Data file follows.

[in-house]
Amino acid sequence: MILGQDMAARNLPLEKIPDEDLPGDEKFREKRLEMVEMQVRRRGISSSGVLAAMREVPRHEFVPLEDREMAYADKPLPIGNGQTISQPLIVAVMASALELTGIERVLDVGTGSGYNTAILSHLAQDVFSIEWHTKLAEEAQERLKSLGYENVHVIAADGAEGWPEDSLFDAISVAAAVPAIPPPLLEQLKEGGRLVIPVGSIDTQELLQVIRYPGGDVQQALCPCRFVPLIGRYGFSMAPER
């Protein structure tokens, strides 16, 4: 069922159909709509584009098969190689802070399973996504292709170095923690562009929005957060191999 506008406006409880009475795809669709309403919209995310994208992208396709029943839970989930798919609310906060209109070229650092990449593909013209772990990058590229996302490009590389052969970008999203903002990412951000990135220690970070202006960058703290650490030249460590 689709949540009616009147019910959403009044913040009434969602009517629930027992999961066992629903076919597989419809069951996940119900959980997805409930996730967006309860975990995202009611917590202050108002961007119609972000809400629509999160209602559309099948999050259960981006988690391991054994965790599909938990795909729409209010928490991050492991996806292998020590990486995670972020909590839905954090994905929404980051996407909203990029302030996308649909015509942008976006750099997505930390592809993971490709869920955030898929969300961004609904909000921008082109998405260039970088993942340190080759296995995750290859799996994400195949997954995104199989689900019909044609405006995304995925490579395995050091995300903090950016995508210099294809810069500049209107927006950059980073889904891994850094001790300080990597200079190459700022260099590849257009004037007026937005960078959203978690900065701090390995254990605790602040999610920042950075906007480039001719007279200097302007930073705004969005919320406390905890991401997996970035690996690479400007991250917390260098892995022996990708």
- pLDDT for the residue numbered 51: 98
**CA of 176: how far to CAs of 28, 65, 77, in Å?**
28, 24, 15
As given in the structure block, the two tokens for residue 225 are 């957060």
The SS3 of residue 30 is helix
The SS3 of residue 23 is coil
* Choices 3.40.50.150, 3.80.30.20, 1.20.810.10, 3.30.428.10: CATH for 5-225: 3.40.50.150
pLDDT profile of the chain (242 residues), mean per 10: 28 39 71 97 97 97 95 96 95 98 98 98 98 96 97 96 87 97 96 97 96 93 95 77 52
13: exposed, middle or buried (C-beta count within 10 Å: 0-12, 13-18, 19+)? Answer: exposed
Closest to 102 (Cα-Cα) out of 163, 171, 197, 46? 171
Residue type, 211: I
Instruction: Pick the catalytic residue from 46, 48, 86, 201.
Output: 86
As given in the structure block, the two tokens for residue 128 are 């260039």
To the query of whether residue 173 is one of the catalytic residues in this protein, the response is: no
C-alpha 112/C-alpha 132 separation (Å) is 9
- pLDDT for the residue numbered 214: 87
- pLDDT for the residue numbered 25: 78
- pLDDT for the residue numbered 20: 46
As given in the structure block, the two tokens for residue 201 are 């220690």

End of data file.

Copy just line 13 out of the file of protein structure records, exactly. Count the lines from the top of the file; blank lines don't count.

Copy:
Closest to 102 (Cα-Cα) out of 163, 171, 197, 46? 171